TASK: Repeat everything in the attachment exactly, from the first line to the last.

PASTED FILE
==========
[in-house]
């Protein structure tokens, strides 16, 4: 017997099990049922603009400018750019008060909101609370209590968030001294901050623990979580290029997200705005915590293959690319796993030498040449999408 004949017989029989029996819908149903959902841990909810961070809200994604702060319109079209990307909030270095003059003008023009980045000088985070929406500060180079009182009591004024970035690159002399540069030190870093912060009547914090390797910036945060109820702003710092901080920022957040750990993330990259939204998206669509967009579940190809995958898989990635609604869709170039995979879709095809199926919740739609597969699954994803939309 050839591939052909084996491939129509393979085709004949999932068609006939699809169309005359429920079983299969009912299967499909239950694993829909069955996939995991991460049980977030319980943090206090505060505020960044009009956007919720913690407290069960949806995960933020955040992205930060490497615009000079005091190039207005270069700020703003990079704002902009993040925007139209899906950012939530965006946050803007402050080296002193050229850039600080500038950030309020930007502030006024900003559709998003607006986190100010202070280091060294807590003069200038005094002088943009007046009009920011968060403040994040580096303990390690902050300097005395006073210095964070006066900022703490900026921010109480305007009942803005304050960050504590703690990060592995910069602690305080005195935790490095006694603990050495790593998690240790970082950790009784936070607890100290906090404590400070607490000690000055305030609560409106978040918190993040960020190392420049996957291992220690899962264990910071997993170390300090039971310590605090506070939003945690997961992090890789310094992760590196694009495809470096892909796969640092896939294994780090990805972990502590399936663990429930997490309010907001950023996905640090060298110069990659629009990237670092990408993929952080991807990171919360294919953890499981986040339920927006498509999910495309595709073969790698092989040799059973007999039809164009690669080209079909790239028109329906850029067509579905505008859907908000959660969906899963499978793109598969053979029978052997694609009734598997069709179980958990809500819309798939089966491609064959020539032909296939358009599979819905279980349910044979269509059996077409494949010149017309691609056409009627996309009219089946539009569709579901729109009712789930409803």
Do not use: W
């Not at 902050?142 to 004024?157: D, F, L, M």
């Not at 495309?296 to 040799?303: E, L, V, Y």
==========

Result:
[in-house]
């Protein structure tokens, strides 16, 4: 017997099990049922603009400018750019008060909101609370209590968030001294901050623990979580290029997200705005915590293959690319796993030498040449999408 004949017989029989029996819908149903959902841990909810961070809200994604702060319109079209990307909030270095003059003008023009980045000088985070929406500060180079009182009591004024970035690159002399540069030190870093912060009547914090390797910036945060109820702003710092901080920022957040750990993330990259939204998206669509967009579940190809995958898989990635609604869709170039995979879709095809199926919740739609597969699954994803939309 050839591939052909084996491939129509393979085709004949999932068609006939699809169309005359429920079983299969009912299967499909239950694993829909069955996939995991991460049980977030319980943090206090505060505020960044009009956007919720913690407290069960949806995960933020955040992205930060490497615009000079005091190039207005270069700020703003990079704002902009993040925007139209899906950012939530965006946050803007402050080296002193050229850039600080500038950030309020930007502030006024900003559709998003607006986190100010202070280091060294807590003069200038005094002088943009007046009009920011968060403040994040580096303990390690902050300097005395006073210095964070006066900022703490900026921010109480305007009942803005304050960050504590703690990060592995910069602690305080005195935790490095006694603990050495790593998690240790970082950790009784936070607890100290906090404590400070607490000690000055305030609560409106978040918190993040960020190392420049996957291992220690899962264990910071997993170390300090039971310590605090506070939003945690997961992090890789310094992760590196694009495809470096892909796969640092896939294994780090990805972990502590399936663990429930997490309010907001950023996905640090060298110069990659629009990237670092990408993929952080991807990171919360294919953890499981986040339920927006498509999910495309595709073969790698092989040799059973007999039809164009690669080209079909790239028109329906850029067509579905505008859907908000959660969906899963499978793109598969053979029978052997694609009734598997069709179980958990809500819309798939089966491609064959020539032909296939358009599979819905279980349910044979269509059996077409494949010149017309691609056409009627996309009219089946539009569709579901729109009712789930409803």
Do not use: W
């Not at 902050?142 to 004024?157: D, F, L, M």
């Not at 495309?296 to 040799?303: E, L, V, Y």